Intercargo was informed that Customs was extending the liquidation period by one year. The purpose of the notice — to increase certainty in the customs process by apprising the importer and its surety of the precise period within which final action would be taken on the liquidation — was therefore satisfied. See S.Rep. No. 778, 95th Cong., 2d Sess. 32 (1978). Moreover, if Intercargo believed that Customs did not have a valid statutory reason for the extensions, it was open to Intercargo to seek to have the extensions invalidated on that ground. See St. Paul, 6 F.3d at 768-70. The omission of the requisite language from the extension notices had no effect on Intercargo's right to challenge the extensions on the ground that Customs did not in fact need additional information from Genauer in order to complete the liquidation. We are thus unable to discern any prejudice Intercargo may have suffered as a result of the defect in the extension notices that would justify forfeiture of the public's rights against the importer or its surety.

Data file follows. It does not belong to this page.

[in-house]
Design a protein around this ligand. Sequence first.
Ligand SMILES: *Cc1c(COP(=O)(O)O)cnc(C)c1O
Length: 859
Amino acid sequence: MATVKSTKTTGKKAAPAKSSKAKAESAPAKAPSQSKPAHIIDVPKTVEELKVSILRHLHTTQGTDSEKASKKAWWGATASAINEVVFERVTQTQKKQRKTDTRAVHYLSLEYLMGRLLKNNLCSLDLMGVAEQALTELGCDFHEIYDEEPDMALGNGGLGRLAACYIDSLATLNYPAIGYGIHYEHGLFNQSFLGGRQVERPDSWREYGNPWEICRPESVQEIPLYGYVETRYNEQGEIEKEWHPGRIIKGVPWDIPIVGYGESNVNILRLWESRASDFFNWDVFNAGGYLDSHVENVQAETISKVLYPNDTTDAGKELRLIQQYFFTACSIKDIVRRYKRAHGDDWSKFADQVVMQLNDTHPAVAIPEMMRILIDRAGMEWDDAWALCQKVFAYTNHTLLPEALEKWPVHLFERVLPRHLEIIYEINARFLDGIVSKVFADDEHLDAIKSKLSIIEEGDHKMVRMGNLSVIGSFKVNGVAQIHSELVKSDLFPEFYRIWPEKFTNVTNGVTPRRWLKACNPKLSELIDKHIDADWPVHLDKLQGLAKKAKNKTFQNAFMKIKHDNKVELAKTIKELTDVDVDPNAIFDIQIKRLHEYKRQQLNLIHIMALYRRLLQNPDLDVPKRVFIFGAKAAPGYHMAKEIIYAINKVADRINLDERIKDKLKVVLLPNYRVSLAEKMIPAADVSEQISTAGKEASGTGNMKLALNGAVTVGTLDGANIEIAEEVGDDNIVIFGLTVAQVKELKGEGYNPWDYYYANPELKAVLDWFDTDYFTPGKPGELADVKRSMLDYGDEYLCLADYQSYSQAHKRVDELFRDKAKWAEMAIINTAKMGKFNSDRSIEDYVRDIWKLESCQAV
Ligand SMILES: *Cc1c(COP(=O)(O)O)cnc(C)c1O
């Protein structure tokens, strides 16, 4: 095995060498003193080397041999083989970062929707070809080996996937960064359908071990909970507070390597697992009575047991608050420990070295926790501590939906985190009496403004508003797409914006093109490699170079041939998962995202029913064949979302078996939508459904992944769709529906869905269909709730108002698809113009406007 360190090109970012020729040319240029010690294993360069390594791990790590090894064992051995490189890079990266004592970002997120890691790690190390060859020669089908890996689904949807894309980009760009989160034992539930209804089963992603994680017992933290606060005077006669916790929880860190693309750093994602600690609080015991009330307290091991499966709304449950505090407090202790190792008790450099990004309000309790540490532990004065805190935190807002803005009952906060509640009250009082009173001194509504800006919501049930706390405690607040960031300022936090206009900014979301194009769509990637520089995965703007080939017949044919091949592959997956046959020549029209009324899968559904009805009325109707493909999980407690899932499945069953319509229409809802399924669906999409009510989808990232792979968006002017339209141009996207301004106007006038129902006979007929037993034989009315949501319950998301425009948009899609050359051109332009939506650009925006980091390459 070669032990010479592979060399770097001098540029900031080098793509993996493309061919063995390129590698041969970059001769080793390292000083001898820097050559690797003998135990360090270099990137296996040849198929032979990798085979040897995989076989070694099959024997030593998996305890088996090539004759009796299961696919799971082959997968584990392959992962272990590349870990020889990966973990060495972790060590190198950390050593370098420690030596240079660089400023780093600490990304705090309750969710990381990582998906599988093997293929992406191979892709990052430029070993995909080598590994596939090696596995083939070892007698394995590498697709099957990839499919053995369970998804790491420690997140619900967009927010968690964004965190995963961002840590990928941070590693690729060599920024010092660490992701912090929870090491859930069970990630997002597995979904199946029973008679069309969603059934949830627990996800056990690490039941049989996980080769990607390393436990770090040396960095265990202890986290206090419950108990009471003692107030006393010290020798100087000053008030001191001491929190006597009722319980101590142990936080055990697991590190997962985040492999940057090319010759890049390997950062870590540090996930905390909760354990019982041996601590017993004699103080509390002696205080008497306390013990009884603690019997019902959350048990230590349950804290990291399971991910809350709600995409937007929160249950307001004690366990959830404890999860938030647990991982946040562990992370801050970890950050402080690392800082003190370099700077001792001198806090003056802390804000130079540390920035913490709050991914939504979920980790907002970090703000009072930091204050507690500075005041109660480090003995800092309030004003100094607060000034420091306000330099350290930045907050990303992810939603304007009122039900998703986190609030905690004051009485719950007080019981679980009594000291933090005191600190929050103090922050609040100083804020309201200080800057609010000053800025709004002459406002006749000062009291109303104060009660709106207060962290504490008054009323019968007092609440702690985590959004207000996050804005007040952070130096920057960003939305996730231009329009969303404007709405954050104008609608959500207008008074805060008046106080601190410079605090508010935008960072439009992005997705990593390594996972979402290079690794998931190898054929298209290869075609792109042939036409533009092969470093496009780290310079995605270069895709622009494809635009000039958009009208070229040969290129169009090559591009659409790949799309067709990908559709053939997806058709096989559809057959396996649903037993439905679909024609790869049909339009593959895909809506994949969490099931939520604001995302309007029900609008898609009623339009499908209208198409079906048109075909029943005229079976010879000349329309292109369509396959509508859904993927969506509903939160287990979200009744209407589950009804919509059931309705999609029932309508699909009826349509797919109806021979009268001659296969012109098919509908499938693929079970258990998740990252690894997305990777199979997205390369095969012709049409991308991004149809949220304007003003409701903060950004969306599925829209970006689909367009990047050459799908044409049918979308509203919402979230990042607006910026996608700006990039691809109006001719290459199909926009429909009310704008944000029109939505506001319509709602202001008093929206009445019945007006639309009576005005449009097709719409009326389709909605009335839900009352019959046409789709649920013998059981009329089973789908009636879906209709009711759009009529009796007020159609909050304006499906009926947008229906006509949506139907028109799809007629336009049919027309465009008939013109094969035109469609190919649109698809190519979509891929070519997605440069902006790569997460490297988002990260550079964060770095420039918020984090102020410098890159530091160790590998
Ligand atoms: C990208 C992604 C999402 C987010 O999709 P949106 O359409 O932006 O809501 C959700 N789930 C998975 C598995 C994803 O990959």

Intercargo does not make a serious effort to demonstrate prejudice of the pertinent kind. It asserts in passing that the prejudice it faces is that it may be forced, at the end of this litigation, to pay additional duties. As Intercargo puts it, "the prejudice flowing from this circumstance is the ultimate prejudice — the wrongful imposition of customs duty." But that is not what is meant by prejudice as used in this context. A party is not "prejudiced" by a technical defect simply because that party will lose its case if the defect is disregarded. Prejudice, as used in this setting, means injury to an interest that the statute, regulation, or rule in question was designed to protect. See, e.g., Hernandez-Luis v. INS, 869 F.2d 496, 498 (9th Cir. 1989); State of Texas v. Lyng, 868 F.2d 795, 799-800 (5th Cir. 1989); United States v. Cerda-Pena, 799 F.2d 1374, 1377 (9th Cir. 1986); Aero Mayflower Transit, Inc. v. ICC, 711 F.2d 224, 232 (D.C. Cir. 1983); see generally Diaz v. Department of the Air Force, 63 F.3d 1107, 1109 (Fed. Cir. 1995).